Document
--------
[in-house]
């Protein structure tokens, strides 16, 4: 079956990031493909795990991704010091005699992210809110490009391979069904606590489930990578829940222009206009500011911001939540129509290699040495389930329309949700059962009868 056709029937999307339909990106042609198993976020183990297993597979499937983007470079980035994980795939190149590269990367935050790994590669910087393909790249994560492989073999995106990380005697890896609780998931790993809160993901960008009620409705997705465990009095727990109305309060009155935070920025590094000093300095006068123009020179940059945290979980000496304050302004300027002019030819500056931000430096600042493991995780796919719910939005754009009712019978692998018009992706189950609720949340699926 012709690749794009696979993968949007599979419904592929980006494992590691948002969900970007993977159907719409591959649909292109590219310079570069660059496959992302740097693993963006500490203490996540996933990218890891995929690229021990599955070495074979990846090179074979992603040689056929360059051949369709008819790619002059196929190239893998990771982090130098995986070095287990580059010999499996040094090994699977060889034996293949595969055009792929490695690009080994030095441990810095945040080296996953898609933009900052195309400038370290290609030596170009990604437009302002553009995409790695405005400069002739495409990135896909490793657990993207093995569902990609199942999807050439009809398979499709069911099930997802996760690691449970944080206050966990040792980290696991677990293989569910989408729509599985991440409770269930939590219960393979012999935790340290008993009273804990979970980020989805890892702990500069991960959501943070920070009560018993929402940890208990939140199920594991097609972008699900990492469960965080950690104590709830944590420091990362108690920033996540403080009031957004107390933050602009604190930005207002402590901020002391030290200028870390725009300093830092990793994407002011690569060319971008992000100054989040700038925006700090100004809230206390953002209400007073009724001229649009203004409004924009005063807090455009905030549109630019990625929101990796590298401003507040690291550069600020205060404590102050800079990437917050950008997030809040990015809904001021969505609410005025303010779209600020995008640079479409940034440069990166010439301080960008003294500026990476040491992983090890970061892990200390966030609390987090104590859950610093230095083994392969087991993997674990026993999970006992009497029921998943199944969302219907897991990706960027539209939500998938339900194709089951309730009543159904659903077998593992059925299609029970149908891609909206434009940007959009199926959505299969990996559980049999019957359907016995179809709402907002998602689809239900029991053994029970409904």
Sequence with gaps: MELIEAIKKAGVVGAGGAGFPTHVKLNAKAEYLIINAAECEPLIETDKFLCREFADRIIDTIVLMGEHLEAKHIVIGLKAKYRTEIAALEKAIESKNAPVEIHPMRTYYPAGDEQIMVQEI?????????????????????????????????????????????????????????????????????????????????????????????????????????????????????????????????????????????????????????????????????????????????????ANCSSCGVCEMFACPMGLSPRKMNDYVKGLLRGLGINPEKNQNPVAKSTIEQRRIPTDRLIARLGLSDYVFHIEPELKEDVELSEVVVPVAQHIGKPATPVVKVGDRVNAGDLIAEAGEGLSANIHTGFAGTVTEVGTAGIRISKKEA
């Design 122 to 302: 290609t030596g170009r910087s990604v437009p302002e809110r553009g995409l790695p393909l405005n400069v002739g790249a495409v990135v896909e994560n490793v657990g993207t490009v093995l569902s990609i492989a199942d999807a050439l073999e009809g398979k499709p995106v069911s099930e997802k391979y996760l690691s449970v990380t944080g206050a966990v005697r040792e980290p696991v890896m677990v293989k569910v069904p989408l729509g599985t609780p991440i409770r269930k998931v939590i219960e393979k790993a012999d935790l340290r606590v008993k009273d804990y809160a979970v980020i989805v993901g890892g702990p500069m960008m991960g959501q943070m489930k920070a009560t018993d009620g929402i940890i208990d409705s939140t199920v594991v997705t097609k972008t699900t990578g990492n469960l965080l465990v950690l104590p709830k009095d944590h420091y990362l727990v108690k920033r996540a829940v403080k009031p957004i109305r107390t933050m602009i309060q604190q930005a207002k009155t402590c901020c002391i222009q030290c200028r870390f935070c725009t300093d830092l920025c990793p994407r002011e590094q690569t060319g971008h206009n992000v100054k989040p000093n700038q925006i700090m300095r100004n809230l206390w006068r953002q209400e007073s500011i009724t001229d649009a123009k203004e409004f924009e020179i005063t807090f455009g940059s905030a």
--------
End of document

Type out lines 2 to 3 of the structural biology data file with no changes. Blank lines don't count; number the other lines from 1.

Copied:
């Protein structure tokens, strides 16, 4: 079956990031493909795990991704010091005699992210809110490009391979069904606590489930990578829940222009206009500011911001939540129509290699040495389930329309949700059962009868 056709029937999307339909990106042609198993976020183990297993597979499937983007470079980035994980795939190149590269990367935050790994590669910087393909790249994560492989073999995106990380005697890896609780998931790993809160993901960008009620409705997705465990009095727990109305309060009155935070920025590094000093300095006068123009020179940059945290979980000496304050302004300027002019030819500056931000430096600042493991995780796919719910939005754009009712019978692998018009992706189950609720949340699926 012709690749794009696979993968949007599979419904592929980006494992590691948002969900970007993977159907719409591959649909292109590219310079570069660059496959992302740097693993963006500490203490996540996933990218890891995929690229021990599955070495074979990846090179074979992603040689056929360059051949369709008819790619002059196929190239893998990771982090130098995986070095287990580059010999499996040094090994699977060889034996293949595969055009792929490695690009080994030095441990810095945040080296996953898609933009900052195309400038370290290609030596170009990604437009302002553009995409790695405005400069002739495409990135896909490793657990993207093995569902990609199942999807050439009809398979499709069911099930997802996760690691449970944080206050966990040792980290696991677990293989569910989408729509599985991440409770269930939590219960393979012999935790340290008993009273804990979970980020989805890892702990500069991960959501943070920070009560018993929402940890208990939140199920594991097609972008699900990492469960965080950690104590709830944590420091990362108690920033996540403080009031957004107390933050602009604190930005207002402590901020002391030290200028870390725009300093830092990793994407002011690569060319971008992000100054989040700038925006700090100004809230206390953002209400007073009724001229649009203004409004924009005063807090455009905030549109630019990625929101990796590298401003507040690291550069600020205060404590102050800079990437917050950008997030809040990015809904001021969505609410005025303010779209600020995008640079479409940034440069990166010439301080960008003294500026990476040491992983090890970061892990200390966030609390987090104590859950610093230095083994392969087991993997674990026993999970006992009497029921998943199944969302219907897991990706960027539209939500998938339900194709089951309730009543159904659903077998593992059925299609029970149908891609909206434009940007959009199926959505299969990996559980049999019957359907016995179809709402907002998602689809239900029991053994029970409904």
Sequence with gaps: MELIEAIKKAGVVGAGGAGFPTHVKLNAKAEYLIINAAECEPLIETDKFLCREFADRIIDTIVLMGEHLEAKHIVIGLKAKYRTEIAALEKAIESKNAPVEIHPMRTYYPAGDEQIMVQEI?????????????????????????????????????????????????????????????????????????????????????????????????????????????????????????????????????????????????????????????????????????????????????ANCSSCGVCEMFACPMGLSPRKMNDYVKGLLRGLGINPEKNQNPVAKSTIEQRRIPTDRLIARLGLSDYVFHIEPELKEDVELSEVVVPVAQHIGKPATPVVKVGDRVNAGDLIAEAGEGLSANIHTGFAGTVTEVGTAGIRISKKEA